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Antarctic ice-sheet meltwater reduces transient warming and climate sensitivity through the sea-surface temperature pattern effect
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  • Yue Dong,
  • Andrew George Pauling,
  • Shaina Sadai,
  • Kyle Armour
Yue Dong
Columbia University

Corresponding Author:[email protected]

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Andrew George Pauling
University of Washington
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Shaina Sadai
University of Massachusetts Amherst
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Kyle Armour
University of Washington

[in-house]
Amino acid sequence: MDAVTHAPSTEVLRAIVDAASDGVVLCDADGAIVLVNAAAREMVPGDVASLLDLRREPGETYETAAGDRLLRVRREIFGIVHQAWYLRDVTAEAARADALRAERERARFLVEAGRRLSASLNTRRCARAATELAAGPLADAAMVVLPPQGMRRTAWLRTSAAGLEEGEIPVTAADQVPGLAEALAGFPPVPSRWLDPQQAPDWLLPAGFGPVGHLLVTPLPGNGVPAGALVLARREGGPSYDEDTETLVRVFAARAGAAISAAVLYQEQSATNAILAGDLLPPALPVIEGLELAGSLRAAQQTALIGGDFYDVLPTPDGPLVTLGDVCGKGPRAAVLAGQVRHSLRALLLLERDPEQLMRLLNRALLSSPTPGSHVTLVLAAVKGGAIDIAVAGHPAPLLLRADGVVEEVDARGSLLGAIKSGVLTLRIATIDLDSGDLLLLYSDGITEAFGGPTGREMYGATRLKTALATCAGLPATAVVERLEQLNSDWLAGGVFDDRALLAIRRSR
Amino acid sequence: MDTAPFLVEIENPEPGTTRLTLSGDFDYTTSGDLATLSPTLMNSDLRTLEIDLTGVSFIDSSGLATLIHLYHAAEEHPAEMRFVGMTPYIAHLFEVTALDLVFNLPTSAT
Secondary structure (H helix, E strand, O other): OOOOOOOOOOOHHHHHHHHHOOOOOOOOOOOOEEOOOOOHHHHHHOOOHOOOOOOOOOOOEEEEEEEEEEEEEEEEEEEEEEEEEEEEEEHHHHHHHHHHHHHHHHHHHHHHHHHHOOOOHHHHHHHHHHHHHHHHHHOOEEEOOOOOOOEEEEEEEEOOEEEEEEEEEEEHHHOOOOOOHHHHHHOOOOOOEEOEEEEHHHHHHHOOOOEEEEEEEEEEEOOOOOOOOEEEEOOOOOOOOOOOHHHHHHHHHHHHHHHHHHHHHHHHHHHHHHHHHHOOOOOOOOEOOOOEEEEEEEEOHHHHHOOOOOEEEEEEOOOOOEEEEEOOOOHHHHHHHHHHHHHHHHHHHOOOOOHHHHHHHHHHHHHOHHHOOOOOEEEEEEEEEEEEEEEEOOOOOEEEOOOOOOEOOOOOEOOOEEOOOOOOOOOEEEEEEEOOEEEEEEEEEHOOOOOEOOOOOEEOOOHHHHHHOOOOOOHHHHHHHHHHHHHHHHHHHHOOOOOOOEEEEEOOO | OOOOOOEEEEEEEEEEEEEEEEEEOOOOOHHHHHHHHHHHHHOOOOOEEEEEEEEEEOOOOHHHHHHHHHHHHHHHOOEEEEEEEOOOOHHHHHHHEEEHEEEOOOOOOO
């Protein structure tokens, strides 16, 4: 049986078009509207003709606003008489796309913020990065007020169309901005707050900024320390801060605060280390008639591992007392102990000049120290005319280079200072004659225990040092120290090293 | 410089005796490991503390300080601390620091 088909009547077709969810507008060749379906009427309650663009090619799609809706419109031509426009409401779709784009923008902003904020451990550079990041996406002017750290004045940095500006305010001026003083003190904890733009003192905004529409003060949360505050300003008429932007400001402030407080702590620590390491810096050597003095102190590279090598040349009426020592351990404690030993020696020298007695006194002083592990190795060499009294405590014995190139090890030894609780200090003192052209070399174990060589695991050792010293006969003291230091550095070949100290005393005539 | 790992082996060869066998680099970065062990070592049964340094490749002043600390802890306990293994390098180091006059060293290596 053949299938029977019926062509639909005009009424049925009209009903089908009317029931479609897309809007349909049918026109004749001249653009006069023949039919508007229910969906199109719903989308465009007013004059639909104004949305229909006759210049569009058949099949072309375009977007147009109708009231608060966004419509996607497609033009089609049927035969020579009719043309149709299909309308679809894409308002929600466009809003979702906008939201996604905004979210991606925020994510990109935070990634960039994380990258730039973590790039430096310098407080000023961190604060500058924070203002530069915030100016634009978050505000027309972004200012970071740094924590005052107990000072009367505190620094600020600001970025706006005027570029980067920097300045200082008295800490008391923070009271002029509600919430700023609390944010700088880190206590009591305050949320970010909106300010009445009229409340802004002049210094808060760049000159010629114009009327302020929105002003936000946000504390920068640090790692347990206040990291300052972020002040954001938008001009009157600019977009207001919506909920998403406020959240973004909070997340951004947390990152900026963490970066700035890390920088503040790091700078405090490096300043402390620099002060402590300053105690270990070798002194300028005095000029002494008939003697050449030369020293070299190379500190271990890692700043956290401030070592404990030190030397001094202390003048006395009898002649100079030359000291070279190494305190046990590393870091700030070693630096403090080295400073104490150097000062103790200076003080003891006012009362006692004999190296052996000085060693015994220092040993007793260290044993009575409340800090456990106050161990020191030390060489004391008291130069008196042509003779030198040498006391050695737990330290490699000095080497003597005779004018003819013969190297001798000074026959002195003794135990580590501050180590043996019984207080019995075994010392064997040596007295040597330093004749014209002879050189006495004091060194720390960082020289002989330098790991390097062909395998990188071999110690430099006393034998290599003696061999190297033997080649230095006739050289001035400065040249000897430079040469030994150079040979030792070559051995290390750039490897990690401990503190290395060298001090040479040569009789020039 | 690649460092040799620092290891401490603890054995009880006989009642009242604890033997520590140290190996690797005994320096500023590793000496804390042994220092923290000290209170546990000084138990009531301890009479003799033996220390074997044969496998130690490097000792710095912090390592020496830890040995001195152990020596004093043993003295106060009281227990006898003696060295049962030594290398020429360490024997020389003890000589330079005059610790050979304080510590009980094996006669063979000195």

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Coupled global climate models (GCMs) generally fail to reproduce the observed sea-surface temperature (SST) trend pattern since the 1980s. The model-observation discrepancies may arise in part from the lack of realistic Antarctic ice-sheet meltwater imbalance in GCMs. Here we employ two sets of CESM1-CAM5 simulations forced by anomalous Antarctic meltwater fluxes over 1980–2013 and into the 21st century. Both show a reduced global warming rate and an SST trend pattern that better resembles observations. The meltwater drives surface cooling in the Southern Ocean and the tropical southeast Pacific, in turn increasing low-cloud cover and driving radiative feedbacks to become more stabilizing (corresponding to a lower effective climate sensitivity). These feedback changes contribute more than ocean heat uptake efficiency changes in reducing the global warming rate. Accurately projecting historical and future warming thus requires improved representation of Antarctic meltwater and its impacts in models.